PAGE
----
280368 Insights From Image-Based Modeling of Fluid Flow in Bulk Proppant Packs and Propped Fractures Under Varying Confining Stress

Thursday, November 1, 2012: 9:45 AM
301 (Convention Center )
Yijie Shen1, Paula Sanematsu2, Seth M. Bradley2, Clinton S. Willson2, Ali Takbiri Borujeni3, Karsten E Thompson3 and Mayank Tyagi3, (1)Cain Department of Chemical Engineering, Louisiana State Univeristy, Baton Rouge, LA, (2)Department of Civil and Environmental Engineering, Louisiana State Univeristy, Baton Rouge, LA, (3)Craft & Hawkins Department of Petroleum Engineering, Louisiana State Univeristy, Baton Rouge, LA

Ceramic proppant was imaged using x-ray computed microtomography (microCT) in three different geometries: bulk proppant, multilayer proppant pack between Berea walls, and single-layer proppant between shale walls. In all cases, the proppant packs were exposed to a range of confining stresses that varied between zero and 20,000 psi. The resulting microCT images were segmented, analyzed for structural and porosity changes, and then used for image-based flow modeling of low- and moderate-Reynolds number flow.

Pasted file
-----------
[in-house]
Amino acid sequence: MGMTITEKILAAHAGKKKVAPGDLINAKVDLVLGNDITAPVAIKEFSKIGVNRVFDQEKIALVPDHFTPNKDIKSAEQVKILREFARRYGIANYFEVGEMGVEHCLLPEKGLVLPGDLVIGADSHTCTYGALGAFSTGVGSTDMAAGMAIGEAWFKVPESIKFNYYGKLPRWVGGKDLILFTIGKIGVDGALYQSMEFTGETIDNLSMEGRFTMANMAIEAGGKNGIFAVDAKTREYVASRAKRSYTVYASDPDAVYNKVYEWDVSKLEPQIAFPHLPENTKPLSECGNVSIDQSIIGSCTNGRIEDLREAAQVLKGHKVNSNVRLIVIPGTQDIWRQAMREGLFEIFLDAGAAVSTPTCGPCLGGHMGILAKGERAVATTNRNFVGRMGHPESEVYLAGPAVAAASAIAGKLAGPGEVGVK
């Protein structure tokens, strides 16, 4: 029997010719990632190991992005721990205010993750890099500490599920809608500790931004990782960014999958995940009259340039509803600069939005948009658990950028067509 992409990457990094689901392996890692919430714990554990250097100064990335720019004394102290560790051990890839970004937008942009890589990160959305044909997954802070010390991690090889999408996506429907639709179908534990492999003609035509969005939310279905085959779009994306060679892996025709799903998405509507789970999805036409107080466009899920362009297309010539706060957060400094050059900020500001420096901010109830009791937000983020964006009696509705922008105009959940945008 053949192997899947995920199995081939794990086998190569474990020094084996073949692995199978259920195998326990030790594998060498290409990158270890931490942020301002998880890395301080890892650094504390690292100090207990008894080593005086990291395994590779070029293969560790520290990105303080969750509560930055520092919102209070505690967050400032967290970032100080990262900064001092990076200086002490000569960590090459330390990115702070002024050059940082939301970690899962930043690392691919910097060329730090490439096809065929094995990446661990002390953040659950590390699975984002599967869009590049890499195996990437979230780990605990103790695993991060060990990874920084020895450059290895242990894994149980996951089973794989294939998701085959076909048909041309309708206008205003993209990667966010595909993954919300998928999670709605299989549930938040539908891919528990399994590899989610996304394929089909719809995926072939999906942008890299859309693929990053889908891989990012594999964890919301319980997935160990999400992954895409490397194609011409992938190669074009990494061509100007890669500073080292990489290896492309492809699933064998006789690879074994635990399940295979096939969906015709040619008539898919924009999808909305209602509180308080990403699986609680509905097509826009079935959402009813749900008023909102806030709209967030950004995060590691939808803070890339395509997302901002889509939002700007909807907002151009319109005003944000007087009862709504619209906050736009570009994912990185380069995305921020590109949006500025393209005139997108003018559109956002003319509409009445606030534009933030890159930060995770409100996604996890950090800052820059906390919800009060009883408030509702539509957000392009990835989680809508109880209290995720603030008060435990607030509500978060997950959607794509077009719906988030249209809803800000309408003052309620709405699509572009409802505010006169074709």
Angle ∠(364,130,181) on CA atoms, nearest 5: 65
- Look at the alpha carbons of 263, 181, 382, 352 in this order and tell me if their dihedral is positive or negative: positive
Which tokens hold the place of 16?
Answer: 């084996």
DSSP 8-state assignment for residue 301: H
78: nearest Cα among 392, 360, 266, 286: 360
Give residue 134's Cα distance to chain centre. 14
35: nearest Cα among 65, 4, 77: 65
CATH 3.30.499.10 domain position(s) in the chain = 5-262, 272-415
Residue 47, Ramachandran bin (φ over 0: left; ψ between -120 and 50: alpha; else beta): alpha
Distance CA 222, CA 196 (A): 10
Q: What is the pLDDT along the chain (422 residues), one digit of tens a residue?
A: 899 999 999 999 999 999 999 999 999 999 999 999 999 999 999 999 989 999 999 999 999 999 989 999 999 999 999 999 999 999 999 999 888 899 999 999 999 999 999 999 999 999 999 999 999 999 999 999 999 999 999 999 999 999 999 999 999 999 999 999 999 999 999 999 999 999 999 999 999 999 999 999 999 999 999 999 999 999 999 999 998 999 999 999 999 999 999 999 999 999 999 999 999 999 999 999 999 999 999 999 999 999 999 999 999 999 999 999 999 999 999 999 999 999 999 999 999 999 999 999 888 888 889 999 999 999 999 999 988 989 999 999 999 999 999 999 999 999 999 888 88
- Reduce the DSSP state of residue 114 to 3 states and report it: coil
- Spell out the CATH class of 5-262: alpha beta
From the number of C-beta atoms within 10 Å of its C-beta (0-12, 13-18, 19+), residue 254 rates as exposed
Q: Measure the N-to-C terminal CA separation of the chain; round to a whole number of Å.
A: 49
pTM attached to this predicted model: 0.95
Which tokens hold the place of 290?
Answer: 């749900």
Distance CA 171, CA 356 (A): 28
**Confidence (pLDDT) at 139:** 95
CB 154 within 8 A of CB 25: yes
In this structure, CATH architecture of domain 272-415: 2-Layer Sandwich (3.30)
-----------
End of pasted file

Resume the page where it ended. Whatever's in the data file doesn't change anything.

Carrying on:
The images show expected changes as stress is increased: rearrangement of the packing structure, corresponding reduction in porosity, and some embedding at rock walls. At the largest stresses, individual proppant particles began to break apart.

Numerical simulation was performed using finite element and lattice Boltzmann methods. Results from both methods were used to compute permeability and Forchheimer coefficient (Beta factor) for the structures. Simulation results show reasonable agreement with experimental (vendor-reported) conductivity values (both permeability and beta). However, our results show that conductivity is less sensitive to loading than has been reported. Another somewhat surprising result is that fracture conductivity for the single-layer proppants confined between shale is similar to what would be predicted from bulk-proppant permeability, despite the significantly different flow geometry in the monolayer fracture. Possible reasons for this result as well as insights derived from flow visualization are presented in the paper.

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